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Nike has completed the internal investigation into the shuttered NOP

In a Women’s Running story, journalist Erin Strout says Nike has completed the internal investigation it committed to in the wake of Mary Cain’s explosive New York Times video. 

And while it won’t be making its findings public, it did identify and share some specific initiatives relating to its professional female athletes.

Cain’s video exposed unethical coaching practices at the Nike Oregon Project, which was shut down 10 days after USADA served head coach Alberto Salazar with a four-year ban for doping violations on September 30, 2019–practices that included body- and weight-shaming, public weigh-ins and criticism that severely damaged Cain’s physical and mental health and led to her quietly leaving the NOP in 2015. Cain disappeared from the competition circuit, but is now working her way back into the scene under a new coach, while advocating publicly for women athletes.

The iniatives Strout listed include: 1.- Studying how elite training affects female athletes, 2.- Hiring more female coaches, 3.- Creating a new senior-level position to oversee international women’s sports marketing, 4.- Creating a group of pro female athletes to inform and advise the company on concerns specific to its female athletes, 5.- A new partnership with CrisisTextLine, a confidential, free text message service for people in crisis (in Canada, the service is run by Kids Help Phone).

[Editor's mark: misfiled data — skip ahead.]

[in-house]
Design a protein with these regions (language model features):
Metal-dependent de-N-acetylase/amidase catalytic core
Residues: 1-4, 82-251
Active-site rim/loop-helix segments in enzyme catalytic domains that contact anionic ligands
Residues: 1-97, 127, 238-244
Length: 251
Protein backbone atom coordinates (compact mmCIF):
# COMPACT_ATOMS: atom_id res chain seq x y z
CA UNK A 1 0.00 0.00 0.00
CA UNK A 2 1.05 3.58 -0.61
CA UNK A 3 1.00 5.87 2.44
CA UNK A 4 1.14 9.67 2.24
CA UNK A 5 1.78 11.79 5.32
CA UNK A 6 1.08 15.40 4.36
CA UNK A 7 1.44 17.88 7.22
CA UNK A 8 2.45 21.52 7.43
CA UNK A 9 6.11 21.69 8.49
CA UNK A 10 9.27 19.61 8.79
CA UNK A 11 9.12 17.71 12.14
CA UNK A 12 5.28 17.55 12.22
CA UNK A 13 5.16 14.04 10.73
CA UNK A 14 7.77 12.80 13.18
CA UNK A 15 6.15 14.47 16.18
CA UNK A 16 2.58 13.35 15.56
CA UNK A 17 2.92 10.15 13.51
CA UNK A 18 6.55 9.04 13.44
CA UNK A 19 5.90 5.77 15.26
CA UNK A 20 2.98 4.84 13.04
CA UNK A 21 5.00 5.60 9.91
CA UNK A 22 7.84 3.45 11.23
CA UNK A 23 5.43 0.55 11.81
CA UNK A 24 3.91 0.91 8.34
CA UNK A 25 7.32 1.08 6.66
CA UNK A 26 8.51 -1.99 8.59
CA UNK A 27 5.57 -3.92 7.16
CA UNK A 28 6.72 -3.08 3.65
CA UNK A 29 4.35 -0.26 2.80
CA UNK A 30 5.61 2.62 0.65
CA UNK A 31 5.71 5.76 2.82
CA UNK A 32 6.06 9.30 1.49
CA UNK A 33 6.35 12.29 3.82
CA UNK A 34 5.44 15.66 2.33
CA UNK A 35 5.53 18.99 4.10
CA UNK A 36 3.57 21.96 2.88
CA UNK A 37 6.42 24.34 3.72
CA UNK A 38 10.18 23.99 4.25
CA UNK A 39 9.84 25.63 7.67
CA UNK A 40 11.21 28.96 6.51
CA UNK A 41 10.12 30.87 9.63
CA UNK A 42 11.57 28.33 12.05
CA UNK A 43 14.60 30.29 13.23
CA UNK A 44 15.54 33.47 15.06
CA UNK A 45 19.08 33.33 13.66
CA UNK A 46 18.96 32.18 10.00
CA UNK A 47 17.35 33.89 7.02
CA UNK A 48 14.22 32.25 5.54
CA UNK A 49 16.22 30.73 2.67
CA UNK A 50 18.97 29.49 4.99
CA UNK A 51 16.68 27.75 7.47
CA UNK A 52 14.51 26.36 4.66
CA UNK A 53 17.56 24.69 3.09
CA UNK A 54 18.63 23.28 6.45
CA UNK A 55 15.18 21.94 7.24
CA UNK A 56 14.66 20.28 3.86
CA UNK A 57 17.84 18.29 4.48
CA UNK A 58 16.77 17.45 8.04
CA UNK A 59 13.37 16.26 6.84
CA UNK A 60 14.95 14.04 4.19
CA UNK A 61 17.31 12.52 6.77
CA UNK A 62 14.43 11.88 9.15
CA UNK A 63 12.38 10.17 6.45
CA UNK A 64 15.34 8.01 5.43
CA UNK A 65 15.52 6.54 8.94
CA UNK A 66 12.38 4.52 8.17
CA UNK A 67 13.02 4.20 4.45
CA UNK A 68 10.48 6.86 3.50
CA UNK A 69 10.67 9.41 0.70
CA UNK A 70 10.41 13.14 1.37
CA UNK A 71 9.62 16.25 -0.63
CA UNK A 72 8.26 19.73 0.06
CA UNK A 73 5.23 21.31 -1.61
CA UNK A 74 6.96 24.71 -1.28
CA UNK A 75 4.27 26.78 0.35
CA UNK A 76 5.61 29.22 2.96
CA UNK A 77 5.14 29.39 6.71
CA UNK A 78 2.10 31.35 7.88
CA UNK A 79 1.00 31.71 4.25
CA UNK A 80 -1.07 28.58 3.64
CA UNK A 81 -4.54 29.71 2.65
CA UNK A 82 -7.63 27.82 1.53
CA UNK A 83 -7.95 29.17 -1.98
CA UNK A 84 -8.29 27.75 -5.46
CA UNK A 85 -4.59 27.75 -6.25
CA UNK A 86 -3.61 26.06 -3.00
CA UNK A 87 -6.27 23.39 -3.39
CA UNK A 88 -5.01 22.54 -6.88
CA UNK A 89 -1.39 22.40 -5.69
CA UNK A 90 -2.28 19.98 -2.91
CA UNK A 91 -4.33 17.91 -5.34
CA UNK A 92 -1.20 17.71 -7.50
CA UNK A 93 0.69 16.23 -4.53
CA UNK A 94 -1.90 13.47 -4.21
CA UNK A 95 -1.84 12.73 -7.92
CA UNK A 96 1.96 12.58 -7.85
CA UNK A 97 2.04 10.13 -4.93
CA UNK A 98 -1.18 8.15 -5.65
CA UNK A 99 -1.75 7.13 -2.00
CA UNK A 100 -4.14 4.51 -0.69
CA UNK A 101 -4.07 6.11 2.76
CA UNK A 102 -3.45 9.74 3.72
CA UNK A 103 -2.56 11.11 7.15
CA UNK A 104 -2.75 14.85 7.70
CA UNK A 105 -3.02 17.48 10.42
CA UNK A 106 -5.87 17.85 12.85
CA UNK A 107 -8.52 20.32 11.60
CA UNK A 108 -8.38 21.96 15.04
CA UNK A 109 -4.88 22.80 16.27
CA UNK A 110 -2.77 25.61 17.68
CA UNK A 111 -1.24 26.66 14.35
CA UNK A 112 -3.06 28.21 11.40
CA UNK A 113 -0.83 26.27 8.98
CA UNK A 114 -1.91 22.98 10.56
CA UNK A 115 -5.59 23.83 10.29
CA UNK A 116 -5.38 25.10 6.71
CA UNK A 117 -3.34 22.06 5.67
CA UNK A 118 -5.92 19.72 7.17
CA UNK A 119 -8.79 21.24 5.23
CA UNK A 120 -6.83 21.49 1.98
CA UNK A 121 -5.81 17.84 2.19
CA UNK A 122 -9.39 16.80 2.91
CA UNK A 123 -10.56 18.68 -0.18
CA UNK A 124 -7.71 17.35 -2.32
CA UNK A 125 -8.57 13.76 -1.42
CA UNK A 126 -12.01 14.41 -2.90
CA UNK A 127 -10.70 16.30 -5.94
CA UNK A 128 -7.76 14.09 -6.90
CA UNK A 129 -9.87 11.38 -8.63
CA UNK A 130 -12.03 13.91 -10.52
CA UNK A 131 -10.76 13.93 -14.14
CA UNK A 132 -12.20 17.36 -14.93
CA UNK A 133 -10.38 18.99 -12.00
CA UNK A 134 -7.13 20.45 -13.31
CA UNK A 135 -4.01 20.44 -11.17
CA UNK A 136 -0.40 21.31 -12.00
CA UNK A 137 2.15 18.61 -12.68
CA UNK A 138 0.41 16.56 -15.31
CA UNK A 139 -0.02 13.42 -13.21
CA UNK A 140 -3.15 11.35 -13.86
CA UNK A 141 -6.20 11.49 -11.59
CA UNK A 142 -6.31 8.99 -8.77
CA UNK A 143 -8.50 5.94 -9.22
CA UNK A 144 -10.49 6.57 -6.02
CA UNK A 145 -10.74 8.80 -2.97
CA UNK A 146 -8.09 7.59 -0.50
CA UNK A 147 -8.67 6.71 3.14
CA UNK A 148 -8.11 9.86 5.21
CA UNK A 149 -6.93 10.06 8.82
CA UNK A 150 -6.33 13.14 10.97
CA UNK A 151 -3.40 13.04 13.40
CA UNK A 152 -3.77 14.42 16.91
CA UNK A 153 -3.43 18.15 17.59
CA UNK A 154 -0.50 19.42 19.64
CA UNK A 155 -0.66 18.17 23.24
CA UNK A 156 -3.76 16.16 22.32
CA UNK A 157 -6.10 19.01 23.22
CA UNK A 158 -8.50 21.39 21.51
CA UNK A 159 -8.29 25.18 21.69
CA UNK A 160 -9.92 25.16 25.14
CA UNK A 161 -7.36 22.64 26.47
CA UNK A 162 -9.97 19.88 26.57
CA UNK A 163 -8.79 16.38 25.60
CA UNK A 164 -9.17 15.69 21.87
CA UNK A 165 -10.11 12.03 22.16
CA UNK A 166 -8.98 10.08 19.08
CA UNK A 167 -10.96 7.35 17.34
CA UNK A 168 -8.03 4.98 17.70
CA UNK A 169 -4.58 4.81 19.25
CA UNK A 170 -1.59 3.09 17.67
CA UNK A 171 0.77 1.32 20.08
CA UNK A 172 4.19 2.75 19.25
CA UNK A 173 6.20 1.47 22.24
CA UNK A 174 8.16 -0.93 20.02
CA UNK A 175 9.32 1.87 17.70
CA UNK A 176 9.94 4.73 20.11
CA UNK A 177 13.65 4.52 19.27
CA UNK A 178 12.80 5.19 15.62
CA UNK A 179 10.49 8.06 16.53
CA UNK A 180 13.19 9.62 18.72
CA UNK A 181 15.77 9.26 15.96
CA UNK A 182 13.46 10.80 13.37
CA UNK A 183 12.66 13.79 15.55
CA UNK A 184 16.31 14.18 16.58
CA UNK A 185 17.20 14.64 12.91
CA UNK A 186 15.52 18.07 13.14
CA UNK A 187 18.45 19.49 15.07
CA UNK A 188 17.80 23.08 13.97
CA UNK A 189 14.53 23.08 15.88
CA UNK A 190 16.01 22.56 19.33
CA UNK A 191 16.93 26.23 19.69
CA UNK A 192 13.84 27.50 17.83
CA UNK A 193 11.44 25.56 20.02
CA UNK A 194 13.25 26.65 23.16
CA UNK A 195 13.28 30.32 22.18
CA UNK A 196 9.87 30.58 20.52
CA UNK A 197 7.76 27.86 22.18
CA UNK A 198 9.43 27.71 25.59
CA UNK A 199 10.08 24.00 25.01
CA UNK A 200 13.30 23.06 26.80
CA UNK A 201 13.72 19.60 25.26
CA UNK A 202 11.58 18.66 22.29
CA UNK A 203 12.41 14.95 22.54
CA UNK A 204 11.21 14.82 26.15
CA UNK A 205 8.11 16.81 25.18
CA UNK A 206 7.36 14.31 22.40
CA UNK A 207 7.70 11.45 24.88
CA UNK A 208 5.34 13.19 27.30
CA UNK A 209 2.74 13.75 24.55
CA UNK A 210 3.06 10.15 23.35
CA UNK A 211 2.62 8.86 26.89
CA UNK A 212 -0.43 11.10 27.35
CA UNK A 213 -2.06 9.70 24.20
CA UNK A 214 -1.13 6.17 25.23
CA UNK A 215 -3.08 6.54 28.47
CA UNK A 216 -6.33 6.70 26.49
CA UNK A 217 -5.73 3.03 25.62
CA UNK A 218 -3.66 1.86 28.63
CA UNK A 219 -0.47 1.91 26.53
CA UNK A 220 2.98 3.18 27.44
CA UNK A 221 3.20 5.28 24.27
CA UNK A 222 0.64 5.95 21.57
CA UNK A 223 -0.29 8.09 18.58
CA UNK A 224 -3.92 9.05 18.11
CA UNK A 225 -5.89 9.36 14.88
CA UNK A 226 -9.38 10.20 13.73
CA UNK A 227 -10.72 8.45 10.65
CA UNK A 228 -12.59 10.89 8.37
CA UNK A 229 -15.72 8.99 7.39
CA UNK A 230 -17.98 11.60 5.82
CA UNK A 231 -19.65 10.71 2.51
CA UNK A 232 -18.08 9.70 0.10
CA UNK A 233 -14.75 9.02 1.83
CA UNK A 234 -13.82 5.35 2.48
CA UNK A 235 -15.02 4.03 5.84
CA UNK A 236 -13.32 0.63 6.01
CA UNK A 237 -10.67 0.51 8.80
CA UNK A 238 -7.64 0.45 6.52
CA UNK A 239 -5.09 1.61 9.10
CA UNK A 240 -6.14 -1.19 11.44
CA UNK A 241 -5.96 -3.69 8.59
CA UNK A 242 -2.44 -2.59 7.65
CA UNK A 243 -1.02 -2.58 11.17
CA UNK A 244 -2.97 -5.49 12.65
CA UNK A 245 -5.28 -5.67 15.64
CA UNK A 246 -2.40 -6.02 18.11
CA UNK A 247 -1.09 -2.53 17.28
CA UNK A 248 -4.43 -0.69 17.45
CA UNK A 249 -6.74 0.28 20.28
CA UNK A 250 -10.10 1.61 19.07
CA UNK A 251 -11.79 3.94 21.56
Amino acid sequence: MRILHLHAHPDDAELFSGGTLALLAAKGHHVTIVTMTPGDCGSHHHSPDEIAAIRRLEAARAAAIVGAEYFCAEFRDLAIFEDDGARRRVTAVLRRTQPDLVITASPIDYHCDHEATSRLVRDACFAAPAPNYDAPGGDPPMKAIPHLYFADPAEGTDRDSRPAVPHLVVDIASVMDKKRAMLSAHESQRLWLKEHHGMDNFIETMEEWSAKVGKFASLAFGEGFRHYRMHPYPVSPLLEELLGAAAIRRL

Strout reports that Cain was invited to participate in the investigation but declined, telling her she perceived a lack of transparency. Regarding the initiatives announced, Cain said she “supports anything that promotes women’s health and opportunities in sports,” but was critical of the decision not to share the results of the investigation publicly, calling it “weak and cowardly.”

After an absence of more than three years, Cain recently started racing again. She had a disappointing 3,000m race at the Dr. Sander Invitational in New York on the weekend, but acknowledged in a post-race interview that regaining competitiveness will take time and incremental improvement.

(01/28/2020) ⚡AMP
by Anne Francis
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Nontuthuko Mgabhi from Richards Bay aims to be the first woman from Africa to run the World Marathon Challenge

A Richards Bay woman is aiming to become the first woman in Africa to run the World Marathon Challenge - seven marathons on seven continents in seven days - in February.

On Suday, a 15km and 5km fun run and walk was held in Bulwer to raise awareness about her attempt and to help raise funds for it.

Nontuthuko Mgabhi, 32, will use the challenge to raise R3.5million for Khipinkunzi Primary School in Mtubatuba.

“I wanted to do something special for my birthday and was asked to give a motivational speech at the primary school last year, which has 657 pupils from Grade R to Grade 7. When I arrived at the school, I saw the poor state it was in and wanted to make a difference,” Mgabhi explained.

She is aiming to raise R3.5million to build five classrooms, two administration offices and to revamp the school.